Chairman Dr. Bansidhar Panda, Members of Senate, Director Dr. Sunil Kumar Sarangi, Registrar Mr. S.K. Upadhyay, graduating students, members of faculty and staff, ladies and gentlemen:
I am deeply honoured to be invited here for this great occasion. I can imagine the excitement, the sense of completion and voyage, this momentous occasion brings to all of you.
Fifty years back, I was born in this land; this very land sustained me and raised me and gave me the displacement necessary to experience the miracle of the world. Consequently, I have gone to many places, met many people, stood in wonder and awe and felt a sense of joy in being alive every single day of my existence. There is something eternally great in this land that gave me the capability to go, kiss the world. I pray to that power to make your journey worthwhile, beautiful and more memorable. I bless you to be eternally enchanted in your voyage. The sense of wonder and enchantment are very precious, I pray that you keep them in every step of the way.
Journeying along, your life will take you to so many places; you will get there with many avowed purposes. Today, I want to leave behind a few thoughts; a few ideas that would make your journey little more worthwhile, as mine have been.
I so clearly recall my first train ride from Koraput to Cuttack when I was a little boy. I sat mesmerised by the window throughout the entire journey. I saw the land extend from the railway tracks, cross the phone lines with a lone blackbird on them, to the patch of water with white lilies, to the changing magical landscape dotted with stoic palms, sometimes the harvest ready paddy, sometimes the arid tracts that led all the way to the timeless mountains and beyond them all, a horizon that changed everytime I looked at them.
Ever since, whenever I get the chance to travel, I seek a window seat. Aboard a train, an airplane, a bus or a car, I must have a window next to me.
I want to gift you that window so that you too feel it's magic.
As you graduate and enter the world of work, like me, you will travel on work to many places around the world; each time you do, ask for a window seat.
Experience the cruise over clouds in the big blue sky and watch the sunrise and the sunset at a height of thirty-thousand feet above ground. Never be too tired or too pre-occupied for it. If you have not felt the receding darkness and the first, thin, crimson line that then fills up an entire horizon before the day dawns, it is a life less lived. Just the same way, if you have not seen the day fold itself in the womb of the last crimson rays, like an innocent child that now must sleep, how would you wake up to the possibilities the window will present when your plane lands?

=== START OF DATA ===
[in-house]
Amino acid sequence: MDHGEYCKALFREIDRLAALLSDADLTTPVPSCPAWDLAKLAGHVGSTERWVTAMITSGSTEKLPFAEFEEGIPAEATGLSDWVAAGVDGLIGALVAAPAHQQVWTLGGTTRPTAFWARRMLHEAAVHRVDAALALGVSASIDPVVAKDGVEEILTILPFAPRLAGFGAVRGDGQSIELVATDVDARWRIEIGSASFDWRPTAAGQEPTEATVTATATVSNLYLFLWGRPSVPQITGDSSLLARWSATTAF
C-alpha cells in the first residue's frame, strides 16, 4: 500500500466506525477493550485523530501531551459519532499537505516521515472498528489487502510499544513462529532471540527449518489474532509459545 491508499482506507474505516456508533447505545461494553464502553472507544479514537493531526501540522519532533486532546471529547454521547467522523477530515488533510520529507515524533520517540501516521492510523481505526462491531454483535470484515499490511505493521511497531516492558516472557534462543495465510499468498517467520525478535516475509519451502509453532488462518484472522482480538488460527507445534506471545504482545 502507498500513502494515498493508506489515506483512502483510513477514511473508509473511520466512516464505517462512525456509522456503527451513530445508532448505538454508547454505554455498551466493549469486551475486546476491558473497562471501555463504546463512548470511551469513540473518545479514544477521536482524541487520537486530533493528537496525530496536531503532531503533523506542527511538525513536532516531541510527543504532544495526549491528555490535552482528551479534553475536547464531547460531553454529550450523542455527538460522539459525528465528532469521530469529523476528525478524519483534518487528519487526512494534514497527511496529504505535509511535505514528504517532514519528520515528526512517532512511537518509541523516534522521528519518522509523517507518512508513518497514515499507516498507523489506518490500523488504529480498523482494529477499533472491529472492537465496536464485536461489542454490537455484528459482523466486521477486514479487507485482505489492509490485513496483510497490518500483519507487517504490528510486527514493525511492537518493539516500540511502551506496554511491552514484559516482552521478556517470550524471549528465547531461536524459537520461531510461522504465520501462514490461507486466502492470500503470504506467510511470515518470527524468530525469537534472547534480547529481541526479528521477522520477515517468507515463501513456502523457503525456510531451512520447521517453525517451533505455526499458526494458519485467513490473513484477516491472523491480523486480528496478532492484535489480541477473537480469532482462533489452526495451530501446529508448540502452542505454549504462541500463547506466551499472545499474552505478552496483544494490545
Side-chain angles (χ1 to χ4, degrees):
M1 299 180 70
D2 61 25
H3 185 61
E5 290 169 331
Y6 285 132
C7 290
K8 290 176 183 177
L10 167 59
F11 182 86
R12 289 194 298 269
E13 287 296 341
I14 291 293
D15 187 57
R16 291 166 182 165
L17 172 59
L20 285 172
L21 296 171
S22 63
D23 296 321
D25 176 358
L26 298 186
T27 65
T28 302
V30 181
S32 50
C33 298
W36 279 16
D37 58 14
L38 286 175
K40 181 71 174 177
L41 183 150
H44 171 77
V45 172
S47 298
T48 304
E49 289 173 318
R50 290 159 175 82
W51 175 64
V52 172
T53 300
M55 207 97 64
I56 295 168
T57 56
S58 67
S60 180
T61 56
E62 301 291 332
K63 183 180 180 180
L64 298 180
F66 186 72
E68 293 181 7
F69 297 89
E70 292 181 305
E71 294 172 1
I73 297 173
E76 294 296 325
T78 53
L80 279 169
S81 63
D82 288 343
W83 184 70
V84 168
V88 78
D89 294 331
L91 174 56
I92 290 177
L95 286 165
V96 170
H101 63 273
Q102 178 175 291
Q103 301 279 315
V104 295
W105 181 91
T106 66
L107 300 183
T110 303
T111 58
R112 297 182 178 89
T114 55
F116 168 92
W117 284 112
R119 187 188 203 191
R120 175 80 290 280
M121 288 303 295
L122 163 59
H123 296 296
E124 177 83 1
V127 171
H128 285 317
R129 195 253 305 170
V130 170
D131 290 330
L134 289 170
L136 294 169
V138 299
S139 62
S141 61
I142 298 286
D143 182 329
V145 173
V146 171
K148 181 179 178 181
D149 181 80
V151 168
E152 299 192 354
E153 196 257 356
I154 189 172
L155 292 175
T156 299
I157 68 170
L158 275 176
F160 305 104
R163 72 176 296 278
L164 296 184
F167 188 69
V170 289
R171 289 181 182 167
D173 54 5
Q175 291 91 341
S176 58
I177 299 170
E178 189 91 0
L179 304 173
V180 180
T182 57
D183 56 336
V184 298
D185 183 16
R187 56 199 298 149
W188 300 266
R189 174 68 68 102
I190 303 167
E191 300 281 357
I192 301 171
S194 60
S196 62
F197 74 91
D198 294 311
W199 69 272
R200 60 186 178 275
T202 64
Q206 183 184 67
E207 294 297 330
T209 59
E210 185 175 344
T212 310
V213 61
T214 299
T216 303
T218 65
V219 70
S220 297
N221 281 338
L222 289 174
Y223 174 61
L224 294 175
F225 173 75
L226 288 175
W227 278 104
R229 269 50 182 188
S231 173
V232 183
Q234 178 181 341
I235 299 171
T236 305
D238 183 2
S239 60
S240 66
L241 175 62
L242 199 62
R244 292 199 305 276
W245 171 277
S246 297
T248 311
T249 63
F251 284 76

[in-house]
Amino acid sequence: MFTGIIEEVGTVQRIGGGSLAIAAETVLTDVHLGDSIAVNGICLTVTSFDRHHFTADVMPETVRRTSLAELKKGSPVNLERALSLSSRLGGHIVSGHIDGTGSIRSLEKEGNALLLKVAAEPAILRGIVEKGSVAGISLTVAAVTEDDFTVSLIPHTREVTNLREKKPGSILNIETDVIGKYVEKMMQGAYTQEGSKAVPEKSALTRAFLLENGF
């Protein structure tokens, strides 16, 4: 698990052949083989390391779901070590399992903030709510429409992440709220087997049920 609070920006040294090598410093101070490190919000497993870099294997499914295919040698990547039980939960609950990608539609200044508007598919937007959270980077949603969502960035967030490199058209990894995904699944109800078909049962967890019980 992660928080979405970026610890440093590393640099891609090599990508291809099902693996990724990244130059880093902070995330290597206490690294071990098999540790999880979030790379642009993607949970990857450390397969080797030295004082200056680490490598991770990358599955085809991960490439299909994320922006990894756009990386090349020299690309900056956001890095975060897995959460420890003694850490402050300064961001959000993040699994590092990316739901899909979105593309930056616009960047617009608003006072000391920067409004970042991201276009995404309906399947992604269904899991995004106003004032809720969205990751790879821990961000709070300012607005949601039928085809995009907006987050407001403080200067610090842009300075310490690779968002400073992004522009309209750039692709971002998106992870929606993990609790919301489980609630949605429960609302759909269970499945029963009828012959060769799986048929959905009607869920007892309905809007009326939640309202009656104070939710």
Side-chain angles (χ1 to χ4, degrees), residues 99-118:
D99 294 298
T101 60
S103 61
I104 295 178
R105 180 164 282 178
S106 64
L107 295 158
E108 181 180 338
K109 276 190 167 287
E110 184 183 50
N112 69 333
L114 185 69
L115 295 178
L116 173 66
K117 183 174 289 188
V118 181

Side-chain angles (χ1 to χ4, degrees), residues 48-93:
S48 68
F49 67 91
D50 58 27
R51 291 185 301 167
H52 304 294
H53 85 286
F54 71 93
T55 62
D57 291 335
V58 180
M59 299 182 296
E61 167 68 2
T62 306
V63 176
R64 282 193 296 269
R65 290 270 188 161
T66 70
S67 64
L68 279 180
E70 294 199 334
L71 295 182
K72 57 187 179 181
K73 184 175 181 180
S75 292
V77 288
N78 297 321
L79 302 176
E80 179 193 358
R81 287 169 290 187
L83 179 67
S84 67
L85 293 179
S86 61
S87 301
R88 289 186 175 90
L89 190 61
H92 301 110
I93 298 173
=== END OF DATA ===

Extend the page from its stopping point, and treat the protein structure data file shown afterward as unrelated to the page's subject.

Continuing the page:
Born in 1957, I belong to the first of the "free generations" of India. You are part of the second free generation that this land has produced in many centuries! Your freedom is purer, because your parents were never subjected to the foreign yoke as were mine. Your parents were born under the Tricolour. You will therefore be free from all shackles — political, economic and intellectual. And you can go anywhere.
Your journeys will take you to so many distant lands. One day, you will go to New York and to London and to Paris and to Istanbul, to Nagoya. Be fascinated by their history, their culture, their progress and their people. When you get there, take a moment to go to their rivers.
Take a long walk by the river bank all by yourself and sense time and timelessness.
In New York, stand by the river near Queens and see the expanse of water that separates and unites the land, look at the seagulls that watch the giant ships go gently past and ordinary people with simple needs and aspirations sit with their young children to hold a moment in their hearts or just walk past or jog or simply watch the waves lap the land.
In Paris, take the time to walk slowly past the Seine and alongside her banks, watch the artists take out their easels, their colours, set up their canvases and pour their heart into the portraits, the landscapes, the still life and the abstracts.
When you go to Lahore, walk past the Ravi flowing in from the border across India, take a moment to dip your feet and feel the molten snow that travels the Himalayan slopes, into the Punjab and across the artificial borders that separate two people who look the same, eat the same food, wear the same clothes, have the very same hopes and fears and aspirations but can not cross over at will, because unlike the water that is caressing your feet and flowing on, they have been taught the language of hate. When you know no hate, your heart will take you wherever you want to go.